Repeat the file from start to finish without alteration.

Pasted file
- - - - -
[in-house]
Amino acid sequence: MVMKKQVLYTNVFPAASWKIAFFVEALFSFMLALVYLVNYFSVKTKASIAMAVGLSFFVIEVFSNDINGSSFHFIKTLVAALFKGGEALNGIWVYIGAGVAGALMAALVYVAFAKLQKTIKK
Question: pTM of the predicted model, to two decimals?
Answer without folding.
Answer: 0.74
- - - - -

[in-house]
Amino acid sequence: MVMKKQVLYTNVFPAASWKIAFFVEALFSFMLALVYLVNYFSVKTKASIAMAVGLSFFVIEVFSNDINGSSFHFIKTLVAALFKGGEALNGIWVYIGAGVAGALMAALVYVAFAKLQKTIKK
Question: pTM of the predicted model, to two decimals?
Answer without folding.
Answer: 0.74